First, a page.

FAQ: Learn HTML - Intro to HTML - Images

This community-built FAQ covers the “Images” exercise in Codecademy’s lessons on HTML.

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This exercize had a hint that said to not forget to add quotation marks around the URL in the src attribute of an img tag. When are quotes and double quotes needed in HTML in general?

1 Like

6 posts were split to a new topic: What are self-closing tags?

6 posts were merged into an existing topic: How can I store my own images online?

3 posts were split to a new topic: Indention in HTML -images

How will I know when to use quotation marks in HTML? When should I use it?

I have a question. Please have a look at the above screen shot. Notice the error message, in red letters, on the bottom of the middle panel. It claims that I made a spelling error when it comes to typing the URL in the exercise. I have NOT made a spelling error when it comes to the URL. Now I can’t move to the next exercise.

And yes, I did use a closing >, it’s just that the error message is blocking the >.

You only have part of the URL in the image tag, here’s the full URL

https://s3.amazonaws.com/codecademy-content/courses/web-101/web101-image_brownbear.jpg

Well formed code always has quote marks around all attribute values. Some attributes are boolean. They are an exception to this rule, only if written implicitly.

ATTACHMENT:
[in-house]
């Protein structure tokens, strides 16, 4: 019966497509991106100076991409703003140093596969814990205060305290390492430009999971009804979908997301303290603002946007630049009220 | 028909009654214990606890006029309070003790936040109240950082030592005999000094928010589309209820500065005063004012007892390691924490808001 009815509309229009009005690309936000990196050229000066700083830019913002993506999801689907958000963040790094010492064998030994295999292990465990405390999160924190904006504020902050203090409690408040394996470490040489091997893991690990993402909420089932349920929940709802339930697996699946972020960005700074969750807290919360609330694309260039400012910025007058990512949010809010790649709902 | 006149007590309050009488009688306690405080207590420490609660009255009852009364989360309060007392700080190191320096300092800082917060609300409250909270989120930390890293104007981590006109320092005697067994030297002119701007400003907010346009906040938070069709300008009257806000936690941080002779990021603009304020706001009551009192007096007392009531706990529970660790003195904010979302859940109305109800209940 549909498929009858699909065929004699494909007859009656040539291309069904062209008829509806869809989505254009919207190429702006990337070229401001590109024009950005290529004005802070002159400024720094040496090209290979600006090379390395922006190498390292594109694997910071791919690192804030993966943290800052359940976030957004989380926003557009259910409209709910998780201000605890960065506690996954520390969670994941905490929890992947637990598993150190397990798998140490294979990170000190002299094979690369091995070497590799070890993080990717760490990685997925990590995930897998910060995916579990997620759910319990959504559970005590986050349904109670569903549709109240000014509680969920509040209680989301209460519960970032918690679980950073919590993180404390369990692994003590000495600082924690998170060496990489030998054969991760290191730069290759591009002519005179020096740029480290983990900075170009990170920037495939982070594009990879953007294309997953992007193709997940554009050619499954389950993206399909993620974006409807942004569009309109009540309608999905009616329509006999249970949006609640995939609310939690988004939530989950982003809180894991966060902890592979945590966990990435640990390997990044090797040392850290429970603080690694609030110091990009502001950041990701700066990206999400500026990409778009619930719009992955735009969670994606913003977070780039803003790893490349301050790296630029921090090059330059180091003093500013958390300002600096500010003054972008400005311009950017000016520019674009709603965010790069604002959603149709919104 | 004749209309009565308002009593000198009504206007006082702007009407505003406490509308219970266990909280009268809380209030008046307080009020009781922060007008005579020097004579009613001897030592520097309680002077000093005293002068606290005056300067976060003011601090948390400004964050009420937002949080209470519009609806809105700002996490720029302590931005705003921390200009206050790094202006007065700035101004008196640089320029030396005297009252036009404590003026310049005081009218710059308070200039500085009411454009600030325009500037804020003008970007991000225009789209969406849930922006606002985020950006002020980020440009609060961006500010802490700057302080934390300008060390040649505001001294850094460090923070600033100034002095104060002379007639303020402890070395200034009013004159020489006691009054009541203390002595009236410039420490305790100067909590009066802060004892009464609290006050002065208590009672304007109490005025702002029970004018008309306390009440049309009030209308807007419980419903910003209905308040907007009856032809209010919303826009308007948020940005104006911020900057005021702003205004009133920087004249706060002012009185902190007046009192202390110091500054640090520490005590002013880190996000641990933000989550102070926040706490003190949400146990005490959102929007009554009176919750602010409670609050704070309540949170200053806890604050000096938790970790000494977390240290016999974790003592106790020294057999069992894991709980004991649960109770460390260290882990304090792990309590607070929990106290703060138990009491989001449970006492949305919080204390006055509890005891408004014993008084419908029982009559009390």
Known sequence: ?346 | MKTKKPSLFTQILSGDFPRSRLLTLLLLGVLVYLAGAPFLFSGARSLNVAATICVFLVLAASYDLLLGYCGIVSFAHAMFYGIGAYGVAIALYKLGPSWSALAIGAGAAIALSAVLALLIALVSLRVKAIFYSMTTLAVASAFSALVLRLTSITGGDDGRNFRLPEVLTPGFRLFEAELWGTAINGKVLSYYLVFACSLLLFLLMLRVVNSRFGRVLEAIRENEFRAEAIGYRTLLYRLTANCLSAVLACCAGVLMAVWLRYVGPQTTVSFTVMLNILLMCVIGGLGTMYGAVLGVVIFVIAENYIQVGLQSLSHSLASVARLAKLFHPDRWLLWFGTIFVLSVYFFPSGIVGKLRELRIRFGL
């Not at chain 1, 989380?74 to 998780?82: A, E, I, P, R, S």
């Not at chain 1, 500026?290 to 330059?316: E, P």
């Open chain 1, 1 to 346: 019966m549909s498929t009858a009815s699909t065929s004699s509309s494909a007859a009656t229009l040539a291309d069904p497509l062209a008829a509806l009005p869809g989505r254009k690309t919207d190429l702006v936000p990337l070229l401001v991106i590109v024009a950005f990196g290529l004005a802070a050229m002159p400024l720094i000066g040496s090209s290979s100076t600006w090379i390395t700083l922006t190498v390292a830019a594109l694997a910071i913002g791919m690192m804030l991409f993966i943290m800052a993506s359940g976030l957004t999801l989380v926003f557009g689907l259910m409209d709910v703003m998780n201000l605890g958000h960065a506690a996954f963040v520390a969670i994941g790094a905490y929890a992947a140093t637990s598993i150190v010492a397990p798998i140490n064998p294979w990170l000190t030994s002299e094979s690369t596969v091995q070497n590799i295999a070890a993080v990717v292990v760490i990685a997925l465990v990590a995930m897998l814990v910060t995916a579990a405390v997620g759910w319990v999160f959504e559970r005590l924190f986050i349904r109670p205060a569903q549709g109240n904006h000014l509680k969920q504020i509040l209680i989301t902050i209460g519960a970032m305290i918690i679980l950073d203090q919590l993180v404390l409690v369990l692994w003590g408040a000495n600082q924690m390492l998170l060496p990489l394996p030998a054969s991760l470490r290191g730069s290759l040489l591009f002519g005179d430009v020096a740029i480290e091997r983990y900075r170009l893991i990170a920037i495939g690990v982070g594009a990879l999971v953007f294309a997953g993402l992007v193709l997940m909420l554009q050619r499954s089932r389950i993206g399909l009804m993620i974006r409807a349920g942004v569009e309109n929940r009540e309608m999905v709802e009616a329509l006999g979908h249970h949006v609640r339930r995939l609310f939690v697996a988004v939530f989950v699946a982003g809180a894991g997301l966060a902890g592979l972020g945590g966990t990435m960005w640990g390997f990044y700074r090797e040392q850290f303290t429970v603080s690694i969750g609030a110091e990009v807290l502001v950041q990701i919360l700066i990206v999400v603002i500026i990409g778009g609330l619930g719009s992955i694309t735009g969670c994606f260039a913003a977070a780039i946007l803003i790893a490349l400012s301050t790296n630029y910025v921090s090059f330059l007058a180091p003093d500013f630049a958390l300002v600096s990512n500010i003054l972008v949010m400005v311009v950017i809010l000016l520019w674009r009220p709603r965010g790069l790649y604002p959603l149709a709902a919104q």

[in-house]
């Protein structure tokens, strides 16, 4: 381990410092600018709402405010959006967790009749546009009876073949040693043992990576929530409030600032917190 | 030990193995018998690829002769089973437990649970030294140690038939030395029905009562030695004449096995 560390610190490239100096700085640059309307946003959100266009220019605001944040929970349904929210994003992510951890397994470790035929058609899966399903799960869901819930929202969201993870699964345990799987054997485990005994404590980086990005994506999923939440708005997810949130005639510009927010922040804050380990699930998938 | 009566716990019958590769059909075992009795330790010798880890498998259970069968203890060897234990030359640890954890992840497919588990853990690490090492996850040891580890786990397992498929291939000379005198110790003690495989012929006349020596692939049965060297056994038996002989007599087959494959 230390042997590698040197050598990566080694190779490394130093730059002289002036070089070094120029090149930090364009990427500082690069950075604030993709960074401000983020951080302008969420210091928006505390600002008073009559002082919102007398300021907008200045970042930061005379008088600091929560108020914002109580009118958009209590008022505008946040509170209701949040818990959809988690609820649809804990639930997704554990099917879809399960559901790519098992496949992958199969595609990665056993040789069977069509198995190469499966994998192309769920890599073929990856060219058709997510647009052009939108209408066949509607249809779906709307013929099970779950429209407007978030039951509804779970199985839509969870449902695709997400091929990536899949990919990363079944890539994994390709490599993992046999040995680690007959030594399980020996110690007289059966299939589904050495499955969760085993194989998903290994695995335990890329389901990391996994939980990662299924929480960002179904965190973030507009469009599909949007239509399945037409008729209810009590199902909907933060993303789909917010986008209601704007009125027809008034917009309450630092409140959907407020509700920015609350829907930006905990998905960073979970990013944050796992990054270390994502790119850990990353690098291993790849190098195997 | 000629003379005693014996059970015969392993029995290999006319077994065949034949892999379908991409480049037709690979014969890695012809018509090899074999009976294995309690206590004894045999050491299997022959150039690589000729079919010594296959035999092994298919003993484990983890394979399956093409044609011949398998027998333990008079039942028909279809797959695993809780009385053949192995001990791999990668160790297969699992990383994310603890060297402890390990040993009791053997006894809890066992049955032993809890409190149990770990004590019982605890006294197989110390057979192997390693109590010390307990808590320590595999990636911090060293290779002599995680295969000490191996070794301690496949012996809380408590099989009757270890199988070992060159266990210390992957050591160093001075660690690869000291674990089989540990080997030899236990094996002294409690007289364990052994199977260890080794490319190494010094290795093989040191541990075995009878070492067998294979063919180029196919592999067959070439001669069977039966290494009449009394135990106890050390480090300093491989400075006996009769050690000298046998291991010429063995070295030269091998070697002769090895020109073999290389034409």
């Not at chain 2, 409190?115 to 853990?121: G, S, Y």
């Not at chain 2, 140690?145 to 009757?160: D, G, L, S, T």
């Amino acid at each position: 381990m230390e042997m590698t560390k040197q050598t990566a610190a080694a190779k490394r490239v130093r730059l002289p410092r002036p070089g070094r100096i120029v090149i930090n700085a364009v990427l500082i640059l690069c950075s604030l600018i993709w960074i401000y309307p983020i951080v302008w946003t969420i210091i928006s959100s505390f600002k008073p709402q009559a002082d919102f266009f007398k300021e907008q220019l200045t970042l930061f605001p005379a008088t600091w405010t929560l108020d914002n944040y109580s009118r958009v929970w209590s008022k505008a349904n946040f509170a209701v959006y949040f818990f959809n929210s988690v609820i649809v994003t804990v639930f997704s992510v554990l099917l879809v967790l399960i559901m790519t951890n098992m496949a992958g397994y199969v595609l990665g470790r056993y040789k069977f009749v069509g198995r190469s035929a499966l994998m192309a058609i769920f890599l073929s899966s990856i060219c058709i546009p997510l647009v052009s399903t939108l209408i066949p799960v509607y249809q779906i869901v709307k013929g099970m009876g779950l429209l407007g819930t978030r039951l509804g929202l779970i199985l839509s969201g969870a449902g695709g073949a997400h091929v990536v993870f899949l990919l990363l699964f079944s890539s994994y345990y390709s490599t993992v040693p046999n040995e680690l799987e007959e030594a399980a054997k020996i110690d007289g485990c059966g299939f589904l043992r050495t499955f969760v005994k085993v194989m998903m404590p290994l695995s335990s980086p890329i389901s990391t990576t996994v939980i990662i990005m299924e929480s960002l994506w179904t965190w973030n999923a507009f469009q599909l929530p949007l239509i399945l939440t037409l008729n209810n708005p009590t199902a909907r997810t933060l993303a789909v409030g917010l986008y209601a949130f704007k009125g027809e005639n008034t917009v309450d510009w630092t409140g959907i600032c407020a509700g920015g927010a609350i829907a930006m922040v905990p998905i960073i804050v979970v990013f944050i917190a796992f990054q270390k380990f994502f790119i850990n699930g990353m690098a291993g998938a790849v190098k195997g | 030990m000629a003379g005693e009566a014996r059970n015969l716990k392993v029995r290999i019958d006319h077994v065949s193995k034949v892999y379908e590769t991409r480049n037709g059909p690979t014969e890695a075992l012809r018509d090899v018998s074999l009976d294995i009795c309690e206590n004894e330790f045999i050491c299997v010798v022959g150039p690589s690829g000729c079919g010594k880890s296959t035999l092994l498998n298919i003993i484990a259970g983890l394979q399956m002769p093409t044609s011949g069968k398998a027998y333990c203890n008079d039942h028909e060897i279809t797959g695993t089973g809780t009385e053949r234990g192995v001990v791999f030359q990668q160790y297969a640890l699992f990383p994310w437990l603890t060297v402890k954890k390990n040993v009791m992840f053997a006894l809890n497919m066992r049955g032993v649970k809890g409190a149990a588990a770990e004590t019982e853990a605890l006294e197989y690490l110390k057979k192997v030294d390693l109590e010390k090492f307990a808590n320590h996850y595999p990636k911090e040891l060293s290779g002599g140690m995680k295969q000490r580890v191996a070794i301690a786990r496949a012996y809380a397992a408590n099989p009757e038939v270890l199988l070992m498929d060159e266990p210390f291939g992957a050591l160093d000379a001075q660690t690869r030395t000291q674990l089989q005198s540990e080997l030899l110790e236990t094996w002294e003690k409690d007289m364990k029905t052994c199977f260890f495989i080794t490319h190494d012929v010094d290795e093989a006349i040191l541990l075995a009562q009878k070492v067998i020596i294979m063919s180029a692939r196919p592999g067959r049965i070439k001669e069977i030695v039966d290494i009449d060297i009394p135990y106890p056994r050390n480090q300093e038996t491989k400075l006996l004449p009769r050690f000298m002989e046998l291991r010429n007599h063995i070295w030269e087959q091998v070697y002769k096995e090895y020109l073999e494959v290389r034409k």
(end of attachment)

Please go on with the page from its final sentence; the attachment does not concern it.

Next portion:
<input type="checkbox" checked="checked">

 <input type="checkbox" checked>

Us old schoolers are pretty set on using double quotes in HTML attributes. I, for one prefer the consistency, even in script generated markup.

 let li = `<li id="item${i}">${item}</li>`

The above is an example of a line in a JS loop.

My course says I haven’t completed my task properly but I don’t know why?

In line 28, the src attribute should be written with quotes around the URL to be well formed.

<img src="%URL">

Of course!

Thank you.

1 Like

Does the image source address need to be in quotes? My code ran without it.

It’s more a question of convention than what the browser will allow. If we drill down to the core specs, quotes don’t matter in HTML 4. Attributes without quotes are just as valid. However, and that is a big, however, convention suggests that we never write unquoted attributes unless they are booleans.

<input type="radio" checked>

Makes sense! Thank you for the clarification.